Madonna Lights Up New York's Roxy

Onetime 'boy toy' Madonna mesmerizes mostly gay crowd.

It took superstar Madonna just one song, "Sky Fits Heaven," to make it clear that she is back, ready to dominate the 1998 music scene with a state-of-the-moment modern sound that should truly bring electronic music to the masses.

In her first club appearance in years, she took the stage of New York City's Roxy nightclub Saturday night and

performed three songs off her upcoming electronic pop album Ray of

Light (Mar. 3), to the 2,750 fans lucky enough to score a ticket to the relatively exclusive event.

"It's been a long time since I performed in a club," said Madonna. "And I've got to say -- it feels pretty fucking good!"

Arriving on-stage at close to 2 a.m., Madonna wore a long black

billowy coat, which she shed to reveal a black dress -- the same striking outfit she wears in her new video for "Frozen," the first single off Ray of Light. With her long blond hair crimped and loose, Madonna was a mystic pre-Raphaelite siren.

It's a new look to unveil the Material Girl's foray into ambient

techno pop music. The three songs she performed off Ray of

Light -- "Sky Fits Heaven" "Shanti," and the title track "Ray of Light" --

showcased a new voice and style for the '80s icon.

With Ray of Light producer William Orbit playing keyboards

on-stage next to Madonna, the singer's brave venture into techno paid off.

She sang with a strong, forceful voice, but occasionally delivered lines in a hushed whisper, revealing a bit of sweet vulnerability that

only worked to charm the audience.

Orbit produced all of the music, which was kept to mostly minimal electronic

beats. Madonna's new sound weds pop melodies to techno beats, and it's a winner, from "Shanti," which features Sanskrit lyrics to the disco rhythms of "Ray of Light." At times her voice sounded mysteriously ethereal, almost Bjork-ish.

"I think it's good she's back performing in front of the people," said

Donna Fairclock, a New Yorker who attended the event. "It's the best place

to showcase her new stuff. Her fans are her most loyal, but they also are

the most honest."

The audience, primarily exuberant gay men -- some holding up old

T-shirts from past tours -- gave her a real homecoming welcome; energetic, positive and downright adoring, it was a fond nod to the days when

Madonna used to perform at the Roxy more than seven years ago.

"The crowd was electrified to have her so close," said New York resident Bill Sgroi, 36.

It truly was a performance for her fans, many of whom arrived at the Roxy

at the unfashionable club hour of 9 p.m. just to position themselves in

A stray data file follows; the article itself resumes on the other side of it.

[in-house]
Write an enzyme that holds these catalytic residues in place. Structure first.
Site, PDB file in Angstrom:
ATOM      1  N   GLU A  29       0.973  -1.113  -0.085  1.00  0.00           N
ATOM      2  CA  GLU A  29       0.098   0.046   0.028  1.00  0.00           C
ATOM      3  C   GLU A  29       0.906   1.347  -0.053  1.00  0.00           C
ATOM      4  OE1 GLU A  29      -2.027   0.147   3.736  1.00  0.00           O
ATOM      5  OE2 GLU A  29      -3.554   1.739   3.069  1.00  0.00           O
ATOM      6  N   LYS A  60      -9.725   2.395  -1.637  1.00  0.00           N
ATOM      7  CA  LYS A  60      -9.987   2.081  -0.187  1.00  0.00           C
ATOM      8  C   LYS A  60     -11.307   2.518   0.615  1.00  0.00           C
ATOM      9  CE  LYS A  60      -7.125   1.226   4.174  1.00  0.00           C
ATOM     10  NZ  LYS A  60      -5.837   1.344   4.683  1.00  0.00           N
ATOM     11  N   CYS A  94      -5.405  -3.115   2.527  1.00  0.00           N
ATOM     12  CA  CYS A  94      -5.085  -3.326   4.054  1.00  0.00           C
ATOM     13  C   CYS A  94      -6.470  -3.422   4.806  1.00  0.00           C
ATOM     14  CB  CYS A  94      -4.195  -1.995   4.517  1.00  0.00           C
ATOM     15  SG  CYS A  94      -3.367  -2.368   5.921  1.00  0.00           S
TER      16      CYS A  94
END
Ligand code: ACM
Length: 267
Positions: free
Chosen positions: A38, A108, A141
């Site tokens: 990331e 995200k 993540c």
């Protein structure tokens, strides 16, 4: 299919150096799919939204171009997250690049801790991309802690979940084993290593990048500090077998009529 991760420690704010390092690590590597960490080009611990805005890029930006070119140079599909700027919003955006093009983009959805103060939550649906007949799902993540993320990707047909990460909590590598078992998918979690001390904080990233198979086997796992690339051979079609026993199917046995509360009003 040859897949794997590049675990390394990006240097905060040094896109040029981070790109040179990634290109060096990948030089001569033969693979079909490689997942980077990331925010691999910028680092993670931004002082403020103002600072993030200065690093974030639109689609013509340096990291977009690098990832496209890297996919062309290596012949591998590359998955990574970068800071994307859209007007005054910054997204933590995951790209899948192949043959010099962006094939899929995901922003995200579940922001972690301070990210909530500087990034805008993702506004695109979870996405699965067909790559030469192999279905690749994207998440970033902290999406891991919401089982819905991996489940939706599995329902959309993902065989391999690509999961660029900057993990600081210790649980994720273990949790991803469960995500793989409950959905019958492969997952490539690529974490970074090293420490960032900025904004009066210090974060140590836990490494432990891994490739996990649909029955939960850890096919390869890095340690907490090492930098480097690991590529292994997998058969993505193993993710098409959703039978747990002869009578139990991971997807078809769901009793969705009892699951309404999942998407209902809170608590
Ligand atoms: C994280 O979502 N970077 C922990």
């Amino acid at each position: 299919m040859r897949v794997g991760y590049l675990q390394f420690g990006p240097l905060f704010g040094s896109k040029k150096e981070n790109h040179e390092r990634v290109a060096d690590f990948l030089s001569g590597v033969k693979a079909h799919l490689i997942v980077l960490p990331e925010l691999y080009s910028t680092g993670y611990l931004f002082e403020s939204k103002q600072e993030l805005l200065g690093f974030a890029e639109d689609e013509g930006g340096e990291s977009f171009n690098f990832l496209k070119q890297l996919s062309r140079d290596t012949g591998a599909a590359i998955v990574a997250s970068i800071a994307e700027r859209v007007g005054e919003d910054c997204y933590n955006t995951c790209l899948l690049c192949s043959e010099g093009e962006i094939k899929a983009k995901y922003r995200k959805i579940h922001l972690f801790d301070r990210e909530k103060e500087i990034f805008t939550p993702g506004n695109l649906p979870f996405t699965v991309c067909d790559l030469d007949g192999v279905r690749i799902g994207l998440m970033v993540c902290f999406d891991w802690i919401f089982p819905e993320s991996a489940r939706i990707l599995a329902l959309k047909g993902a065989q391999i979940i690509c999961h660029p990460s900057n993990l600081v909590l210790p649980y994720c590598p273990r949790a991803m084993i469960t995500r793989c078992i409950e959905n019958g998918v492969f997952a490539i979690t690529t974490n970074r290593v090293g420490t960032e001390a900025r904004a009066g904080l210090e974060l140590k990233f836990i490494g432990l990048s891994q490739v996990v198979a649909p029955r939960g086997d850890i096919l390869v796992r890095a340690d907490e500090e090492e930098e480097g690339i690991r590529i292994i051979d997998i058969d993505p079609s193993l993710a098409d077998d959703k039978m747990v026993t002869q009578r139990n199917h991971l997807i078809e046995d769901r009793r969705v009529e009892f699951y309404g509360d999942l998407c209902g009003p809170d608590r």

front of stage. "Nobody usually gets out of bed until 11 p.m. -- this is amazing," commented

Ned Schenck, 28, publisher of Pavement, a gay culture magazine, as he wryly looked about

as people spilled into the club shortly before 10 p.m.

Although the club operated

as it would any Saturday night, the mood there before Madonna went on

stage was pure anticipation, with rumors circulating as to

when Madonna would come on-stage, (some said 3 a.m., some said she had canceled) and

what she was expected to play, (one song, the entire new album).

Although tickets went on sale for the Valentine's Event, billed with a

"Special Guest Performer," less than two weeks ago, the rumor that Madonna

would be playing caused a last-minute flurry of ticket hunting, with New

York radio station Z100 giving away tickets just days before the

event. The Roxy received last-minute calls from the celebrity set; a

spokesperson for the club said that Barbara Streisand's publicist and the

Prince of Brunei had phoned the club looking for tickets.

Surprisingly, the day of the show 100 hundred tickets were available at the door for those

with a Roxy VIP club pass.

Roxy Special Events Manager Andy Griggs was ecstatic to have Madonna playing the club. "I spoke with her manager 15 minutes before

she went on, and I said 'She can't possibly put her foot wrong this

evening because these are Madonna fanatics.' They didn't know what

to expect -- they were just glad that she was there and she was performing

after all this time."

"So she gets on the stage," Griggs continued, "and she realized after 15 seconds, 'I've got

'em.' And then she totally relaxed and went into a very confident mode."

"Oh, this is my guitar solo," Madonna said at one

point when Orbit delivered a sampled guitar riff via his synth.

She leaned down to touch and slap hands with those

pushing up against the front of the stage, danced with seductive abandon and above all, looked shyly and

unequivocally pleased that she was the guest of honor.

"Thank you all for coming to my coming out party," she said with a smile at the conclusion of her short but sweet set.

It was clearly Madonna's night to shine, and shine she did. [Mon., Feb. 16, 1998, 9 a.m. PST]